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CALLAWAY'S OBITUARY -
STARS AND STRIPES DRAPES THE CASKET-
81ST INDIANA PRESENTATION SWORD
RESTS ON "OLD GLORY" AT THE FUNERAL
Another one of the great men of Montana and Madison County, Colonel James E. Callaway, about eight o'clock Monday morning, August 21, 1905, answered the last summons and passed peacefully to the great beyond. Death came without any warning and was due to heart failure. He had been in poor health for a few days with stomach trouble. He arose at the usual hour, Monday morning, and ate a light breakfast and while at the table discussed some legal matters that he was going to attend to during the forenoon. He arose from the table, took a few steps, and fell over on the couch. Dr. Bradley was immediately summoned, but was powerless to restore the heart action. Soon the news of Colonel Callaway's death spread over the city and all expressed regrets.
Colonel James Edmund Callaway was born July 7, 1834 in Trigg County Kentucky, and was therefore a little over 71 years of age. His father, Samuel T. Callaway, also a native of that state, was an active physician until his health broke down. He then became a clergyman of the Christian Church and, in 1848, moved to Illinois, where he continued in the ministry until his death. Col. Callaway was educated in the public schools of Kentucky and Illinois and Eureka (Ill.) College. At an early age he entered the law office of Richard Yates, war governor of Illinois, and under that eminent jurist he continued his reading until admitted to the practice of law. After a short residence in Jacksonville he located in Tuscola.
In 1861 the attack on Fort Sumter led him to offer his services in defense of the Union. A public meeting was held in his town, Tuscola, Ill., on April 17, 1861, and within an hour a company was organized and young Mr. Callaway was chosen captain and within two hours later was on the way to the state capital to tender its services to the government. The company was mustered into state service by U. S. Grant, May 9, 1861, and into the United States service in June 1861, as Company D, Twenty-first Illinois Volunteers.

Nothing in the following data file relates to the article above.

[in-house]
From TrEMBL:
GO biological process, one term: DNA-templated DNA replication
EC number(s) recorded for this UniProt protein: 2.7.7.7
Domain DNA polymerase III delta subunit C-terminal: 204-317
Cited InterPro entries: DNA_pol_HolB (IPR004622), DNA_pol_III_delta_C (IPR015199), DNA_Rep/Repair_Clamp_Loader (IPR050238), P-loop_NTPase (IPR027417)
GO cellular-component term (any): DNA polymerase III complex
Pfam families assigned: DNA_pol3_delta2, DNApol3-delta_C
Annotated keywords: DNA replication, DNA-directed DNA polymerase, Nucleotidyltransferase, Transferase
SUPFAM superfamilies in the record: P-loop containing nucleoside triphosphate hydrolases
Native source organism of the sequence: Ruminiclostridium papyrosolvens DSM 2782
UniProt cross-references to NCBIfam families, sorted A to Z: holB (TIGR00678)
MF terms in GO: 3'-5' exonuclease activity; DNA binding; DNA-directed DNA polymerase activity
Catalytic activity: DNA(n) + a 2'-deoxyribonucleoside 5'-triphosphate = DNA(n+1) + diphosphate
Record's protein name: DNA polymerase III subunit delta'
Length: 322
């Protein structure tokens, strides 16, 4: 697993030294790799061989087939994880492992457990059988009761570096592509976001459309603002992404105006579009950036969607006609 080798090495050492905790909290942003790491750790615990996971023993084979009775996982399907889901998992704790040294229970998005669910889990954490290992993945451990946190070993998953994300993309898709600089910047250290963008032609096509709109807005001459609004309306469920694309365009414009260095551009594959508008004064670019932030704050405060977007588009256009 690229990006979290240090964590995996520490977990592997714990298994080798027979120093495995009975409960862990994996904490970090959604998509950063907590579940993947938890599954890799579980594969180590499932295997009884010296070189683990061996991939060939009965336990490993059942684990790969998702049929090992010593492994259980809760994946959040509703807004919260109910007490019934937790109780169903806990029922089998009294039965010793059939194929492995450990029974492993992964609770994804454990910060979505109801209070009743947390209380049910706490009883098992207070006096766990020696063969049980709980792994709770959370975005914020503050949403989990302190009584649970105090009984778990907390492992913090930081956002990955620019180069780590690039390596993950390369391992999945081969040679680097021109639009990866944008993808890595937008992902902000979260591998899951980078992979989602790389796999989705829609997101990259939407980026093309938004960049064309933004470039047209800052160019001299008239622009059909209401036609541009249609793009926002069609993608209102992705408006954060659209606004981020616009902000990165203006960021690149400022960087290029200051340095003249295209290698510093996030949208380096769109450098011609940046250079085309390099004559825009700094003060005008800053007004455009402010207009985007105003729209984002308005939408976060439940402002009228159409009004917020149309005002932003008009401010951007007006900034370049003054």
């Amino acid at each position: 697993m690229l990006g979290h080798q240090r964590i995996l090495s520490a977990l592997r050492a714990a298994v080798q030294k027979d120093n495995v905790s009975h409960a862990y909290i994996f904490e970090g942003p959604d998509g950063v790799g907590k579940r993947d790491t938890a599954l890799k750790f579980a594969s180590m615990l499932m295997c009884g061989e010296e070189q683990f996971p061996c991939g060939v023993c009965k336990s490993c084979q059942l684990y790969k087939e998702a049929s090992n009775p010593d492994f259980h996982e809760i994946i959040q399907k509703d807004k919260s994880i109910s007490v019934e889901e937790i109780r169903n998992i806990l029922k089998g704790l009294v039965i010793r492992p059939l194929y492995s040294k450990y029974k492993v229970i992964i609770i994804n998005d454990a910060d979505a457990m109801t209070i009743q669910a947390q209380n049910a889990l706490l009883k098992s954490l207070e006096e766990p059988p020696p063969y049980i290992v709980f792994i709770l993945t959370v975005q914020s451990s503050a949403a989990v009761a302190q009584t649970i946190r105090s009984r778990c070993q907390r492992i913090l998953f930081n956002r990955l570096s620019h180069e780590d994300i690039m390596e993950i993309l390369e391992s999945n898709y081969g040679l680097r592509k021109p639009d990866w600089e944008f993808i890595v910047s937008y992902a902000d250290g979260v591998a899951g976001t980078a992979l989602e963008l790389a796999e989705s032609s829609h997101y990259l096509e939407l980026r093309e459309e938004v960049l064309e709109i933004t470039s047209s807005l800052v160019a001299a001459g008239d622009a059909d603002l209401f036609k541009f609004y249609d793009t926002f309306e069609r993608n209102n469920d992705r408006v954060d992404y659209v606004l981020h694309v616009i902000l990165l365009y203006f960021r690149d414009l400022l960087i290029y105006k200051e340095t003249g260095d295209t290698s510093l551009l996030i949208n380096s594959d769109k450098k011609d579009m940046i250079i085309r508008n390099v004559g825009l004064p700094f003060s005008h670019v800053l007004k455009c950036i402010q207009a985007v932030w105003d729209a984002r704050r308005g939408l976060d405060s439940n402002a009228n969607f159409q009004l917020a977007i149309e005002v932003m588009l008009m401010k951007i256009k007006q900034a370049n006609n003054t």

During the progress of the Civil War Captain Callaway's service was noted for its bravery and courageous conduct. By his efficient service and the careful and painstaking manner in which he handled his soldiers he was promoted to Colonel.
At the [Battle of Chickamauga], [Major] Callaway had command of the Eighty-first Indiana in addition to his own regiment. The record of the Eighty-first Indiana was so excellent [under his] command that it received special mention from headquarters and the [men] of the regiment later presented him with a beautifully mounted sword, which has hung in his dining room at home for many years. After the Battle of [Stones] River General Rosecrans organized a light brigade in each division from officers and men distinguished for bravery and soldierly qualities. Their names were placed on the "roll of honor." Colonel Callaway's name was on the roll, and he was made commander of one of these brigades. Of the 300 regiments of the Union Army officially mentioned as having rendered distinguished services, his regiment, the Twenty-first Illinois, holds first rank on the "roll of honor."
At the close of the war he resigned with a colonel's commission and was honorably discharged. The government, in recognition of arduous duties rendered and disabilities incurred in the line of duty, placed his name on its pension roll.